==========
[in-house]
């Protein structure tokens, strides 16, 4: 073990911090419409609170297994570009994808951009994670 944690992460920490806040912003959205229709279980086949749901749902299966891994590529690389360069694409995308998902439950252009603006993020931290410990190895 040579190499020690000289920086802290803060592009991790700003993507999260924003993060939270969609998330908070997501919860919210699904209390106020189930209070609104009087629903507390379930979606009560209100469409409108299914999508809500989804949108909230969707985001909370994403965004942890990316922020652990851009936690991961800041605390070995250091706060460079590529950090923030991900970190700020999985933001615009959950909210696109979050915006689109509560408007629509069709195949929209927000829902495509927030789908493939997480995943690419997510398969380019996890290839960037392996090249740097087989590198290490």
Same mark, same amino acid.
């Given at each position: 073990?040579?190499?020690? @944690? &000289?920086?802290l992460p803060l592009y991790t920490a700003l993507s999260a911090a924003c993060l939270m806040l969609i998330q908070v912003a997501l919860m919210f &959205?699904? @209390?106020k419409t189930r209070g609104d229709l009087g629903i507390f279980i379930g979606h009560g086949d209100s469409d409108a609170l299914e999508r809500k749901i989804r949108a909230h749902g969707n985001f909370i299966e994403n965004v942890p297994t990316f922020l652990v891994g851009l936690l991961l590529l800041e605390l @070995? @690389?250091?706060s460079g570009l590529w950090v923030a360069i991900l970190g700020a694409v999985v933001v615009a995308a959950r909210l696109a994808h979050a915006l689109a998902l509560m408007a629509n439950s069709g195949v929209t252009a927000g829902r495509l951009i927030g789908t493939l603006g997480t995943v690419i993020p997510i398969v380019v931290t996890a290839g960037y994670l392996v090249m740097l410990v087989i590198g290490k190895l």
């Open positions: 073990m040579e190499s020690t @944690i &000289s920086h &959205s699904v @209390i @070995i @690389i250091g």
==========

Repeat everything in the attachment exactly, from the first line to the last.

[in-house]
């Protein structure tokens, strides 16, 4: 073990911090419409609170297994570009994808951009994670 944690992460920490806040912003959205229709279980086949749901749902299966891994590529690389360069694409995308998902439950252009603006993020931290410990190895 040579190499020690000289920086802290803060592009991790700003993507999260924003993060939270969609998330908070997501919860919210699904209390106020189930209070609104009087629903507390379930979606009560209100469409409108299914999508809500989804949108909230969707985001909370994403965004942890990316922020652990851009936690991961800041605390070995250091706060460079590529950090923030991900970190700020999985933001615009959950909210696109979050915006689109509560408007629509069709195949929209927000829902495509927030789908493939997480995943690419997510398969380019996890290839960037392996090249740097087989590198290490």
Same mark, same amino acid.
């Given at each position: 073990?040579?190499?020690? @944690? &000289?920086?802290l992460p803060l592009y991790t920490a700003l993507s999260a911090a924003c993060l939270m806040l969609i998330q908070v912003a997501l919860m919210f &959205?699904? @209390?106020k419409t189930r209070g609104d229709l009087g629903i507390f279980i379930g979606h009560g086949d209100s469409d409108a609170l299914e999508r809500k749901i989804r949108a909230h749902g969707n985001f909370i299966e994403n965004v942890p297994t990316f922020l652990v891994g851009l936690l991961l590529l800041e605390l @070995? @690389?250091?706060s460079g570009l590529w950090v923030a360069i991900l970190g700020a694409v999985v933001v615009a995308a959950r909210l696109a994808h979050a915006l689109a998902l509560m408007a629509n439950s069709g195949v929209t252009a927000g829902r495509l951009i927030g789908t493939l603006g997480t995943v690419i993020p997510i398969v380019v931290t996890a290839g960037y994670l392996v090249m740097l410990v087989i590198g290490k190895l």
């Open positions: 073990m040579e190499s020690t @944690i &000289s920086h &959205s699904v @209390i @070995i @690389i250091g």